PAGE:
BY MOSES MATENGA
THESE days, people often talk about the emergence of the COVID-19 pandemic and a struggling global economy.
Seldom do they discuss about the advent of another sinister pandemic, evidence is showing an alarming increase in all forms of gender-based violence during these unprecedented times.
For example, as economies shut down and stay-at-home orders become the new normal, an unspoken and damaging effect of the pandemic is a spike in child marriages nationally.
In fact, the COVID-19 pandemic is estimated to disrupt the efforts made so far to end child marriage and to result in many more girls forced into early marriages.
And, as in every statistic, there is a human face and voice behind.
Veronica Mwale (not her real name) is one such.
Aged just 15, she became pregnant in April last year, cutting prematurely her promising academic career.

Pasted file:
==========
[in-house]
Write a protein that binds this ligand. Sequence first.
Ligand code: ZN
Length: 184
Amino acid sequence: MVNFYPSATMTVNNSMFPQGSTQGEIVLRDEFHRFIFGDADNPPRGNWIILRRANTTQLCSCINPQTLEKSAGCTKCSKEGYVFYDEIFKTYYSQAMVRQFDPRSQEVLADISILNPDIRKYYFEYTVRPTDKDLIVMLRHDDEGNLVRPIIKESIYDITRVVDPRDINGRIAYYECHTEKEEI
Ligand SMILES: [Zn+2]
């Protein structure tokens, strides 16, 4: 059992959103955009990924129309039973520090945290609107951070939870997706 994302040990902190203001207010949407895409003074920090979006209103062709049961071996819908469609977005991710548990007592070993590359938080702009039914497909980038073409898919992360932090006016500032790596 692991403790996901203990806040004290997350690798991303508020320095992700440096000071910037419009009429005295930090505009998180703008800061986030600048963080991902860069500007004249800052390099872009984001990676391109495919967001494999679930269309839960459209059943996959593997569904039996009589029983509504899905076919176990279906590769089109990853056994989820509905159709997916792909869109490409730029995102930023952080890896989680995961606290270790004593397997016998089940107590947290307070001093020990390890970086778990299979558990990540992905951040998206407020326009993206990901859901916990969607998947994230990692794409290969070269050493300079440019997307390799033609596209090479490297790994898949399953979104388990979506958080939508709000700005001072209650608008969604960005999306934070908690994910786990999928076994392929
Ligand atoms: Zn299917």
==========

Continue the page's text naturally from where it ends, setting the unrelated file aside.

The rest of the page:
She pulled out of school with epoch-defining Ordinary Level examinations just by the corner.
Her story, from there, took a familiar turn; the culprit refusing to accept responsibility, leaving her without a choice but return to her parents’ home.
She is now a single mother despite herself exhibiting juvenile facial and bodily features.
Like many in her predicament, she is too shamed to return to school despite government calls for them to resume their education in spite of the temporary hiatus.
“They are allowed to come back to school as non-formal students or formal students,” Primary and Secondary Education ministry spokesperson Taungana Ndoro told NewsDay yesterday.
“The preference is theirs. We have instructed our headmasters to go into the communities and encourage them to come back to school so that they continue with their education.
“Some of them are willing, some of them are not willing but we want them actually to be part of the school system.”
Ndoro said those who are not willing are choosing to concentrate on their marriages while in some cases, their husbands are blocking them.
“The main reason is that they are now concentrating on marriages and preparing for their own children to go to school and to a lesser extent the husbands may actually refuse because they say you are now married and therefore you can’t go to school.”